- Virginia Johnson
Sherlock Holmes is looking for a swarm of wild bees and perhaps something more personally sinister at the start of Beekeeping for Beginners. What, or rather whom, he finds instead is a young person, dressed in good if tattered clothes, whose wits and keen observation are a surprising match for his own.
Laurie R. King’s Sherlock Holmes novels are set in his later years and feature his involvement in the post-World War I stages of the Great Game. They lead readers around the world and into a variety of cultures, puzzles, and dangerous situations. He is accompanied by Mary Russell, a scholar many years his junior, who is as out of sync with the general population as is Holmes himself and more often than not takes center stage.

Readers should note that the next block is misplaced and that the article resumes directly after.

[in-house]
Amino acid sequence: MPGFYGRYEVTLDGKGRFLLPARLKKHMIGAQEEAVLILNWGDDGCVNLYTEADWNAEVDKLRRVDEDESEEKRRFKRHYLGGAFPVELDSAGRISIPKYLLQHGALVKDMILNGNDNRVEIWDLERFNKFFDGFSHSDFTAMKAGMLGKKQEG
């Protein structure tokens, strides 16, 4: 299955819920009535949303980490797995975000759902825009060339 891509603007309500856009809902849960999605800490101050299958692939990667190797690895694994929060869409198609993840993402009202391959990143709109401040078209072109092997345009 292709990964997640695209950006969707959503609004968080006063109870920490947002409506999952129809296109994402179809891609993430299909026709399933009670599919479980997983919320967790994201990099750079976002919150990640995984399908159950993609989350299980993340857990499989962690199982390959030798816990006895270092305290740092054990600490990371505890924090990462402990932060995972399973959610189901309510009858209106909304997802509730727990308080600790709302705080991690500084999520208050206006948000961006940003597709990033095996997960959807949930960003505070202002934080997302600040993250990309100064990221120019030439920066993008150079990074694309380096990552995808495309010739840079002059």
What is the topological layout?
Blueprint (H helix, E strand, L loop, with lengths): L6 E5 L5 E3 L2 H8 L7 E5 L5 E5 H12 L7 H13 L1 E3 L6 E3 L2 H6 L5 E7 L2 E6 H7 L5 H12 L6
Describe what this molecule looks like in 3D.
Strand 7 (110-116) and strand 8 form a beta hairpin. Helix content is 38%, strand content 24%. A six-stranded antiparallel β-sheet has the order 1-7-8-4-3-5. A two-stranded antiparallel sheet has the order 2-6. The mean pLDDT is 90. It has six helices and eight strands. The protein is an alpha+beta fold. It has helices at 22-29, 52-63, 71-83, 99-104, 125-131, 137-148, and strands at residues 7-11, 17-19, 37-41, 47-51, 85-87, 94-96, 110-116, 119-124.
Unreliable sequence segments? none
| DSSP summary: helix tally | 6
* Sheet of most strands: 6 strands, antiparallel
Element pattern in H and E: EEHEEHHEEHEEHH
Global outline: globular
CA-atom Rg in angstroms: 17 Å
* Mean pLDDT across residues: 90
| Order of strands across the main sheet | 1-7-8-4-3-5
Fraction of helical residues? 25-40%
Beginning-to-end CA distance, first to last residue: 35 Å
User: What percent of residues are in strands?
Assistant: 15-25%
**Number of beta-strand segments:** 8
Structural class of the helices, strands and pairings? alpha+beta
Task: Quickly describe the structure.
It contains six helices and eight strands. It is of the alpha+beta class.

The story of their meeting has been told before, from Mary Russell’s viewpoint, but Holmes’ first-person insights are unique, and there is an added intriguing mystery as Holmes discovers that “Russell’s” living arrangements might spell her doom.
If you enjoy this well-written short story, there are many novels in the series to try, beginning with The Beekeeper’s Apprentice, or, On the Segregation of the Queen, which picks up shortly after this story.
For another excellent take on Holmes’ world, I recommend the Irene Adler novels, by Carole Nelson Douglas. First in this series, which features the person Holmes described as “the Woman” in Doyle’s “A Scandal in Bohemia,” is Goodnight, Mr. Holmes. They are charming mysteries dressed in the trappings of late 19th-century Europe, featuring lots of action and romance. Famous/infamous people are involved, and, yes, a puzzle lies at the heart of each story.